Friday, January 27, 2012
Throughout the preacher’s life he or she must reflect on the nature of their calling and vocation. Not too long ago on a pastoral retreat I was reminded of one of the purposes of this uncanny calling.
One night several pastors of various stripes--a combination of whites, blacks, females, males, Baptists, Lutherans, etc.--were walking briskly along the cobbled streets of Jerusalem. Our destination was the Wailing Wall. The streets were crowded and people were selling everything under the sun. Then something happened!
We were stopped by a Jewish merchant who yelled to one of the black pastors of the group, “Hey, Obama man! You must buy this.” The pastor to whom the merchant spoke resembles Obama in only one way: he is a member of the darker race. He and Obama share no other attributes in common. Specifically, the pastor to whom the Jewish merchant called out is much darker than Obama, the texture of his hair is different from the texture of Obama’s, and he is much shorter. Yet, this Jewish merchant saw this African American male as a replica of Obama.
This incident was unlike any other I have ever experienced in my life. However, I do recall an incident that was the antithesis of this one. That incident occurred while I was running down a sandy beach in Jamaica. A dread-locked Rasta greeted me with these words: “Hey Biggy Small’s brother….Michael Jackson’s brother!” Although the Rasta spoke in sweet Jamaican cadence, the cadence of his words was the only thing that was sweet to me.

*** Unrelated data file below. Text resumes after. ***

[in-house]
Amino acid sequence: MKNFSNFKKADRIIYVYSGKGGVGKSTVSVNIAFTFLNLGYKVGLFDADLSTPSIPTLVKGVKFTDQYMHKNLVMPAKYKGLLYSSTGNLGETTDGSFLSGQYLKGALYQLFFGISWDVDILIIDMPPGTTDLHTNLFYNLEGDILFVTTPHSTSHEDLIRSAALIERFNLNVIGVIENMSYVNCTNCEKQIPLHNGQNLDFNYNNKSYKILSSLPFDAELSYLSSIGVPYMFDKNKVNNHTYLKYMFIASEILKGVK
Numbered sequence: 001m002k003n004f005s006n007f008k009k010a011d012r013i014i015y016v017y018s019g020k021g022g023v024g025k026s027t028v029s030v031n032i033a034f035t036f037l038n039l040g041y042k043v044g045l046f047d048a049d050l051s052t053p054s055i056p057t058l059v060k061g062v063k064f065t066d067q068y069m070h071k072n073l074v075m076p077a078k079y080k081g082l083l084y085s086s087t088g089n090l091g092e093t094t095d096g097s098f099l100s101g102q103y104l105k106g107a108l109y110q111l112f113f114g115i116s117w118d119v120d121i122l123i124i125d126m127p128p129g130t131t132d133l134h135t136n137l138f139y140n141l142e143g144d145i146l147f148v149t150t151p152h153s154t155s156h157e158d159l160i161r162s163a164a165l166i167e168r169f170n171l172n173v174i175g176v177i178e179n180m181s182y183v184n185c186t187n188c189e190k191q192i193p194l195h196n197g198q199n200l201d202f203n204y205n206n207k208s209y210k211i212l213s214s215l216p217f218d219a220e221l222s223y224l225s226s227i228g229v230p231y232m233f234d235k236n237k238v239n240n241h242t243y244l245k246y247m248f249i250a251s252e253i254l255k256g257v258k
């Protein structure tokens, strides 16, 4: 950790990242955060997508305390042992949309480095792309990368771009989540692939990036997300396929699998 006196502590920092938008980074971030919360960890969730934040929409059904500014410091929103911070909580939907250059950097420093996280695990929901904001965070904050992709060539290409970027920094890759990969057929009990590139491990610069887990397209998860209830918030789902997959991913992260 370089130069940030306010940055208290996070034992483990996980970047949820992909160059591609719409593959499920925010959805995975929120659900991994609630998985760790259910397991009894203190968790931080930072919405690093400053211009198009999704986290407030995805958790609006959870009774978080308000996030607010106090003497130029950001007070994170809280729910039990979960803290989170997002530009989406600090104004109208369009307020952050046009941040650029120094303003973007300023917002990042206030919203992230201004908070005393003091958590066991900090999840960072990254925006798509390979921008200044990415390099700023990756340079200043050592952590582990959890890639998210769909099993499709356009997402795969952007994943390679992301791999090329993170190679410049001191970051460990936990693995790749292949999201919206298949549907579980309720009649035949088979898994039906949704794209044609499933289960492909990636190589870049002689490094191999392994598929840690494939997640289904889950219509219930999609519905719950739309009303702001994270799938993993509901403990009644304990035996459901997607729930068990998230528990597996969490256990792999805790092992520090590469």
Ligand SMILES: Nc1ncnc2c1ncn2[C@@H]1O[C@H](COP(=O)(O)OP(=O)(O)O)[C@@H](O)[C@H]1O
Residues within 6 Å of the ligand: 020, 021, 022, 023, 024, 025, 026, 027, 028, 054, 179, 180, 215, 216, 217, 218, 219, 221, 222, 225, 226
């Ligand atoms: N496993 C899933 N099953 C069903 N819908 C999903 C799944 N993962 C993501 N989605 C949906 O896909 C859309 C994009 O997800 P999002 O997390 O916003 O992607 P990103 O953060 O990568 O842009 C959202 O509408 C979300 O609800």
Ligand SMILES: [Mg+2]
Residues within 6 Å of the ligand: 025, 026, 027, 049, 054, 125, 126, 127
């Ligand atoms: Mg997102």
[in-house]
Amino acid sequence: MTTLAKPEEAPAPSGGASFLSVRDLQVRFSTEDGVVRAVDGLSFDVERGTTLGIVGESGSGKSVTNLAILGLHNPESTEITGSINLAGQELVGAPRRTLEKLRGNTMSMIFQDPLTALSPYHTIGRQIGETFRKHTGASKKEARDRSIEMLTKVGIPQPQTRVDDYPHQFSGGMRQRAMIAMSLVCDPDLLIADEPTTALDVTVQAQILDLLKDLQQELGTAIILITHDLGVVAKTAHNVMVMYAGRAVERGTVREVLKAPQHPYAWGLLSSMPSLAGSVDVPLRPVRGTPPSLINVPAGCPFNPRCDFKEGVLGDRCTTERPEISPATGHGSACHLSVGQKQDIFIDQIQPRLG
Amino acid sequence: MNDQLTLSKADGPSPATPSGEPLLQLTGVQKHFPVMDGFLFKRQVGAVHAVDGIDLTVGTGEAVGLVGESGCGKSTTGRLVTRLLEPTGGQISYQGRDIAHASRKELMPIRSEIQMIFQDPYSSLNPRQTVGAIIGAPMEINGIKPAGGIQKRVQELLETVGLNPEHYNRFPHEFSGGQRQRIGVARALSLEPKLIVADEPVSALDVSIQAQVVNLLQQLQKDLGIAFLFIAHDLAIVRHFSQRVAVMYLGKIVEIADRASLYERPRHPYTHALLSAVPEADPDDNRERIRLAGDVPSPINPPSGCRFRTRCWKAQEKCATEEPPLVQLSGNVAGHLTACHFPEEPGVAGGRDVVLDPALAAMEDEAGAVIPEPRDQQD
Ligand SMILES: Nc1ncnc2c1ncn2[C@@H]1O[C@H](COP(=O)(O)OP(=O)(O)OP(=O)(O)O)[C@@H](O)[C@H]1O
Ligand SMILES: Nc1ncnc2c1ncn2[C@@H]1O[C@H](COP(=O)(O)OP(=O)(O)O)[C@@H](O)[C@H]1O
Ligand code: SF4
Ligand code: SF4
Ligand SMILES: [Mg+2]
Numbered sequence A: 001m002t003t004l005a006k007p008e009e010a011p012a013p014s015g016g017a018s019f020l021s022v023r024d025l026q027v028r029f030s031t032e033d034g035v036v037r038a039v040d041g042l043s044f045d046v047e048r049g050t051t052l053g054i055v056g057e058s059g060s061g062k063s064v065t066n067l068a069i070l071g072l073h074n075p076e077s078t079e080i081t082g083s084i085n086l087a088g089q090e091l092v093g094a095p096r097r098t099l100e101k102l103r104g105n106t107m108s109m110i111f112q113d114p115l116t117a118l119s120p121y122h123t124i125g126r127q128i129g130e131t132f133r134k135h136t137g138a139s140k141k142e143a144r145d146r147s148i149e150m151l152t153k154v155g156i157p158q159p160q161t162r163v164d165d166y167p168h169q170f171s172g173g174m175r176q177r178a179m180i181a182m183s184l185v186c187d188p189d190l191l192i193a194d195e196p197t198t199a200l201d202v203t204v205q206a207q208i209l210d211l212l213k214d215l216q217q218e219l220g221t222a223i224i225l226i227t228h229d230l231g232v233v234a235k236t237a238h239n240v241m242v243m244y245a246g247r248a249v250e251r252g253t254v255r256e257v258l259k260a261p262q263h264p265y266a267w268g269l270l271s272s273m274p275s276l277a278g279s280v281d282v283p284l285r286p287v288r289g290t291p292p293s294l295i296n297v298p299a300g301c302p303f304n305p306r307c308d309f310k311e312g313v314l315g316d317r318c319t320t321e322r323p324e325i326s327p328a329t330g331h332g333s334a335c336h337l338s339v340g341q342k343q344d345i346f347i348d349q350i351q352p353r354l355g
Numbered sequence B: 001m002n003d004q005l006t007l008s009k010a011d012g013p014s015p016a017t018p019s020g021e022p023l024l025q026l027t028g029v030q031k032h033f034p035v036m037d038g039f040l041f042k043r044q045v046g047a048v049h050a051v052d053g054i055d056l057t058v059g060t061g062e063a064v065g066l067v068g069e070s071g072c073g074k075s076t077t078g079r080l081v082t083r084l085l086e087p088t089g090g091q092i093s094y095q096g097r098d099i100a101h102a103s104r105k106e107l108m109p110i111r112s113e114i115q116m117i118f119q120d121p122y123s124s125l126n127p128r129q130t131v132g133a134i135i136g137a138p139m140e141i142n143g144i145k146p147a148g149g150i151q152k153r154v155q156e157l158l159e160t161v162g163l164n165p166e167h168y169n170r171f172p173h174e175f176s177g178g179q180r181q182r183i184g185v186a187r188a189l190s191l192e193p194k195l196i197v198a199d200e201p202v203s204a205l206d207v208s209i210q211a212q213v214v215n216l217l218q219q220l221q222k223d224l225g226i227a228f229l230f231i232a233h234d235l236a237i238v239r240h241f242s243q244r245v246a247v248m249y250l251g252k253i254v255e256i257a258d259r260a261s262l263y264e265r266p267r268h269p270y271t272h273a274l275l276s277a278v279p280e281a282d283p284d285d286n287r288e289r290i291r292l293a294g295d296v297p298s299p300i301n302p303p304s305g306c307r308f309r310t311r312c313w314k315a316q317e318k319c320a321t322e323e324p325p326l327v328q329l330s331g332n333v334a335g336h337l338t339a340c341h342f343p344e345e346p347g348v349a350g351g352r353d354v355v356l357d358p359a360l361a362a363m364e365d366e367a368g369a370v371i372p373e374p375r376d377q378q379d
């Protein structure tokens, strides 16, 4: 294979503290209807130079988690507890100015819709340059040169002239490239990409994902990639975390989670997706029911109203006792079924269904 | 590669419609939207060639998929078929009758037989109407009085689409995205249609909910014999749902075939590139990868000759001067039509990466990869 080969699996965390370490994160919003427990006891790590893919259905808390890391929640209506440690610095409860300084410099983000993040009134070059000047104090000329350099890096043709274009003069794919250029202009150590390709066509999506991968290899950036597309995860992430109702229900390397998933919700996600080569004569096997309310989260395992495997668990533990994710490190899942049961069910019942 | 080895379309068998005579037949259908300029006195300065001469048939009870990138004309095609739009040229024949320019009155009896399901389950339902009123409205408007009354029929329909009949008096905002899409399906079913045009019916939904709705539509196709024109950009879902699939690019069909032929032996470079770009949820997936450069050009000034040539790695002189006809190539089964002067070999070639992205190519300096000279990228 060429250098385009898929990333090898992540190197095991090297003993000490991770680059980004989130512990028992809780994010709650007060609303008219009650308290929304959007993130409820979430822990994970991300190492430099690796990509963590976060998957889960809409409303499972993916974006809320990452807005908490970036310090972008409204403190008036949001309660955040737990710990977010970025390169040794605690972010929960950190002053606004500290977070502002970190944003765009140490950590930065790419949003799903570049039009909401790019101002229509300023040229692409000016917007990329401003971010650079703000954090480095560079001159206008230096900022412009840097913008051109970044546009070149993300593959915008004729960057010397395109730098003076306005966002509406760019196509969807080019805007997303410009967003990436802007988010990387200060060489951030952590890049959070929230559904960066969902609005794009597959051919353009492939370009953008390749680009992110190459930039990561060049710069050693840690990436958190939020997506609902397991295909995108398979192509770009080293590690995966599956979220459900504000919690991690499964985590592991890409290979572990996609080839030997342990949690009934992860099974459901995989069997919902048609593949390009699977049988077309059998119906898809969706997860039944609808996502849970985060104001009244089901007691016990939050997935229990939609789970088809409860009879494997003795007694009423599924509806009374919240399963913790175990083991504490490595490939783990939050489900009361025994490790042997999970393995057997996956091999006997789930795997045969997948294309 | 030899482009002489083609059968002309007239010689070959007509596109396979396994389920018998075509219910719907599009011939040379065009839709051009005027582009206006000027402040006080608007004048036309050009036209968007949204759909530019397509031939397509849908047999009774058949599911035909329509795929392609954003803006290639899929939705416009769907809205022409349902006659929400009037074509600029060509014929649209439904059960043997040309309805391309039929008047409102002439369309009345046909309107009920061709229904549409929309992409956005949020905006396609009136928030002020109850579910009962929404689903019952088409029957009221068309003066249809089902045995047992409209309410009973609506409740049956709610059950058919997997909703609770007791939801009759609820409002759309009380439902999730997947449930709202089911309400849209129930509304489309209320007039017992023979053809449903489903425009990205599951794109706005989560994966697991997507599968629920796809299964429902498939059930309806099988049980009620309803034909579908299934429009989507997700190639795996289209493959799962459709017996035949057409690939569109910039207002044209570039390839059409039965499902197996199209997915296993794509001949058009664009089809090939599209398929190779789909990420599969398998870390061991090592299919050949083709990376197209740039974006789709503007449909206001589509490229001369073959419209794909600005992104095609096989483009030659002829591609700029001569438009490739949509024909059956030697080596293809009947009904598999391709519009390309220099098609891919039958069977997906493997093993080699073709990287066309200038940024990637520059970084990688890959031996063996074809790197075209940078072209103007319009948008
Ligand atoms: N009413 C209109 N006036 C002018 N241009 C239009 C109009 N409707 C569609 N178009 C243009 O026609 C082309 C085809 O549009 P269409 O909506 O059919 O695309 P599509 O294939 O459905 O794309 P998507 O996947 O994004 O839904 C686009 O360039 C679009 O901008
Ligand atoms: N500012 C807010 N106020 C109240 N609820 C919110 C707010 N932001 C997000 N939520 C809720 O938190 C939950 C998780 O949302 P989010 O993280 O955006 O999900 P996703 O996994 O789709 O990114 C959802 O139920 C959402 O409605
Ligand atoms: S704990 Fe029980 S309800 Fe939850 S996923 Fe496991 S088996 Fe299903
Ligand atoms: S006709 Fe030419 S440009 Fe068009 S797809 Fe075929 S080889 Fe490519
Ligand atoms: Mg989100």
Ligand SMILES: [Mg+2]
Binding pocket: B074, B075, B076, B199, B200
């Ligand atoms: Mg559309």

I had crossed the seas to be reminded that I was still looked upon as a stereotype, a fabricated element of the culture. My Jamaican brother saw me as a rapper, an entertainer. He could not see me as Colin Powell’s brother, or as the brother of any of the many other African Americans who have shown the world an image of the best that the black race can offer. Now, here in the sacred streets of Jerusalem, people of my gender and race are being seen as the most powerful man in the free world.
There is so much to say about the vocation—the call and voice of a preacher. I will never stop grappling, redefining what my call is; however, being called the president of the US really gave me a place to hang my hat. Moreover, I now know that where I hang my hat will determine where others hang theirs.
There is an old tale about Abraham Lincoln when he was a young boy. According to the tale, he came home one day and put his hat on the floor. His dad sternly admonished him for an act which suggested a flawed character. Additionally, young Abe’s dad told him to never put his hat on the floor, but rather to always hang it high.
Darryl Aaron is the pastor of First Baptist Church Highland Avenue in Winston-Salem. This article was submitted as a reflection from 2007.